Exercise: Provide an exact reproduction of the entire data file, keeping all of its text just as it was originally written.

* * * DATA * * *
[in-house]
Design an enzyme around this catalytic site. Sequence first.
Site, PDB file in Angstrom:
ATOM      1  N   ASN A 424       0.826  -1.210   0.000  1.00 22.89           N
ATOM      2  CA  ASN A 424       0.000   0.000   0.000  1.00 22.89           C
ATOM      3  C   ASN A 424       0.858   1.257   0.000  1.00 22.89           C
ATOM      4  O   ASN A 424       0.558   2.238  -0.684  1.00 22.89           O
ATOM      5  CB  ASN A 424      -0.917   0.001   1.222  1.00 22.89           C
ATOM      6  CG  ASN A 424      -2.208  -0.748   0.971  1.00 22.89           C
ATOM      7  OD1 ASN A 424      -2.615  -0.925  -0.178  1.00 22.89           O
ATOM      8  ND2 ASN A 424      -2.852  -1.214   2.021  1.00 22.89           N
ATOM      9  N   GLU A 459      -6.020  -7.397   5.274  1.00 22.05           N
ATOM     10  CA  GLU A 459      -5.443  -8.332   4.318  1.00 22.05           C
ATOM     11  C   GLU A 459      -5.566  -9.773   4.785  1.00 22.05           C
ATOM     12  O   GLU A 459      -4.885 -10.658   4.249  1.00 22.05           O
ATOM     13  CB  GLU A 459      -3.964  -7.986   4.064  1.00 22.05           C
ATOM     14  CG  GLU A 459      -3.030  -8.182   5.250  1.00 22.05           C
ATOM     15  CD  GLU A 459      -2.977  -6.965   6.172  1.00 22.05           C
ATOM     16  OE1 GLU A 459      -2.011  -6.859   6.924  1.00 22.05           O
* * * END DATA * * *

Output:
[in-house]
Design an enzyme around this catalytic site. Sequence first.
Site, PDB file in Angstrom:
ATOM      1  N   ASN A 424       0.826  -1.210   0.000  1.00 22.89           N
ATOM      2  CA  ASN A 424       0.000   0.000   0.000  1.00 22.89           C
ATOM      3  C   ASN A 424       0.858   1.257   0.000  1.00 22.89           C
ATOM      4  O   ASN A 424       0.558   2.238  -0.684  1.00 22.89           O
ATOM      5  CB  ASN A 424      -0.917   0.001   1.222  1.00 22.89           C
ATOM      6  CG  ASN A 424      -2.208  -0.748   0.971  1.00 22.89           C
ATOM      7  OD1 ASN A 424      -2.615  -0.925  -0.178  1.00 22.89           O
ATOM      8  ND2 ASN A 424      -2.852  -1.214   2.021  1.00 22.89           N
ATOM      9  N   GLU A 459      -6.020  -7.397   5.274  1.00 22.05           N
ATOM     10  CA  GLU A 459      -5.443  -8.332   4.318  1.00 22.05           C
ATOM     11  C   GLU A 459      -5.566  -9.773   4.785  1.00 22.05           C
ATOM     12  O   GLU A 459      -4.885 -10.658   4.249  1.00 22.05           O
ATOM     13  CB  GLU A 459      -3.964  -7.986   4.064  1.00 22.05           C
ATOM     14  CG  GLU A 459      -3.030  -8.182   5.250  1.00 22.05           C
ATOM     15  CD  GLU A 459      -2.977  -6.965   6.172  1.00 22.05           C
ATOM     16  OE1 GLU A 459      -2.011  -6.859   6.924  1.00 22.05           O